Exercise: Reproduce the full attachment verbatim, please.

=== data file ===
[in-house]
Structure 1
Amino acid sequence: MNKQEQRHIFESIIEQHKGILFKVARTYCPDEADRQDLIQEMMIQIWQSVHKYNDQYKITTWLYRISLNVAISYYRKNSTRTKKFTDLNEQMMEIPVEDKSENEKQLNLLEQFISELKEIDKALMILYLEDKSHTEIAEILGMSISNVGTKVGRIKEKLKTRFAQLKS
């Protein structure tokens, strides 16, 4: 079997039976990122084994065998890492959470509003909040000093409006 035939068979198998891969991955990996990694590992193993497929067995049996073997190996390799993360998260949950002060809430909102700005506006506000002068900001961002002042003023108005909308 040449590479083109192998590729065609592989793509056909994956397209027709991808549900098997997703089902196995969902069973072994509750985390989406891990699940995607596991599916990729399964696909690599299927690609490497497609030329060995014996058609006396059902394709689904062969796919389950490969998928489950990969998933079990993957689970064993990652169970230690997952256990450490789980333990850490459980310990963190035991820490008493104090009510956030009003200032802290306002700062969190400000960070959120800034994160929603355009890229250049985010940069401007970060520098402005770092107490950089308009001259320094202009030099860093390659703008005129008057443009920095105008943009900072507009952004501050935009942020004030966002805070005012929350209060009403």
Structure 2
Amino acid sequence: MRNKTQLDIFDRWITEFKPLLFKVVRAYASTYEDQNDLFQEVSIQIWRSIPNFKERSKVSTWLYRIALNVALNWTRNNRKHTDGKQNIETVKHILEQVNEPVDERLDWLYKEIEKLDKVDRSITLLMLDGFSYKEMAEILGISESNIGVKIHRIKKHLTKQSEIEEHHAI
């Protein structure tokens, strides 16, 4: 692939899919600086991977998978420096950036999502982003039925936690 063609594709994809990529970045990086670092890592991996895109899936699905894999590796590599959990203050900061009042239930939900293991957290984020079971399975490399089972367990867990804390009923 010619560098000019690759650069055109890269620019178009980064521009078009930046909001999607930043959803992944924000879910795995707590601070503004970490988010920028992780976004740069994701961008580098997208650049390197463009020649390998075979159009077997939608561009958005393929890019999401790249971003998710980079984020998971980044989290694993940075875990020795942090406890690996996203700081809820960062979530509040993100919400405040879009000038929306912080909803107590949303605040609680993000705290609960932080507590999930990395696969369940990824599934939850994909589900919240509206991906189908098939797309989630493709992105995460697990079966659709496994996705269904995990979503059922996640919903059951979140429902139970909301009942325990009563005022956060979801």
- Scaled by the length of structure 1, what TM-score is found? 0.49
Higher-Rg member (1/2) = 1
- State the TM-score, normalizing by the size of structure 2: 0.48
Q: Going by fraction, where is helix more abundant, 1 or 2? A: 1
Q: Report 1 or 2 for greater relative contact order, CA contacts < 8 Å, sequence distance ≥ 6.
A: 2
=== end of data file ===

[in-house]
Structure 1
Amino acid sequence: MNKQEQRHIFESIIEQHKGILFKVARTYCPDEADRQDLIQEMMIQIWQSVHKYNDQYKITTWLYRISLNVAISYYRKNSTRTKKFTDLNEQMMEIPVEDKSENEKQLNLLEQFISELKEIDKALMILYLEDKSHTEIAEILGMSISNVGTKVGRIKEKLKTRFAQLKS
């Protein structure tokens, strides 16, 4: 079997039976990122084994065998890492959470509003909040000093409006 035939068979198998891969991955990996990694590992193993497929067995049996073997190996390799993360998260949950002060809430909102700005506006506000002068900001961002002042003023108005909308 040449590479083109192998590729065609592989793509056909994956397209027709991808549900098997997703089902196995969902069973072994509750985390989406891990699940995607596991599916990729399964696909690599299927690609490497497609030329060995014996058609006396059902394709689904062969796919389950490969998928489950990969998933079990993957689970064993990652169970230690997952256990450490789980333990850490459980310990963190035991820490008493104090009510956030009003200032802290306002700062969190400000960070959120800034994160929603355009890229250049985010940069401007970060520098402005770092107490950089308009001259320094202009030099860093390659703008005129008057443009920095105008943009900072507009952004501050935009942020004030966002805070005012929350209060009403």
Structure 2
Amino acid sequence: MRNKTQLDIFDRWITEFKPLLFKVVRAYASTYEDQNDLFQEVSIQIWRSIPNFKERSKVSTWLYRIALNVALNWTRNNRKHTDGKQNIETVKHILEQVNEPVDERLDWLYKEIEKLDKVDRSITLLMLDGFSYKEMAEILGISESNIGVKIHRIKKHLTKQSEIEEHHAI
């Protein structure tokens, strides 16, 4: 692939899919600086991977998978420096950036999502982003039925936690 063609594709994809990529970045990086670092890592991996895109899936699905894999590796590599959990203050900061009042239930939900293991957290984020079971399975490399089972367990867990804390009923 010619560098000019690759650069055109890269620019178009980064521009078009930046909001999607930043959803992944924000879910795995707590601070503004970490988010920028992780976004740069994701961008580098997208650049390197463009020649390998075979159009077997939608561009958005393929890019999401790249971003998710980079984020998971980044989290694993940075875990020795942090406890690996996203700081809820960062979530509040993100919400405040879009000038929306912080909803107590949303605040609680993000705290609960932080507590999930990395696969369940990824599934939850994909589900919240509206991906189908098939797309989630493709992105995460697990079966659709496994996705269904995990979503059922996640919903059951979140429902139970909301009942325990009563005022956060979801």
- Scaled by the length of structure 1, what TM-score is found? 0.49
Higher-Rg member (1/2) = 1
- State the TM-score, normalizing by the size of structure 2: 0.48
Q: Going by fraction, where is helix more abundant, 1 or 2? A: 1
Q: Report 1 or 2 for greater relative contact order, CA contacts < 8 Å, sequence distance ≥ 6.
A: 2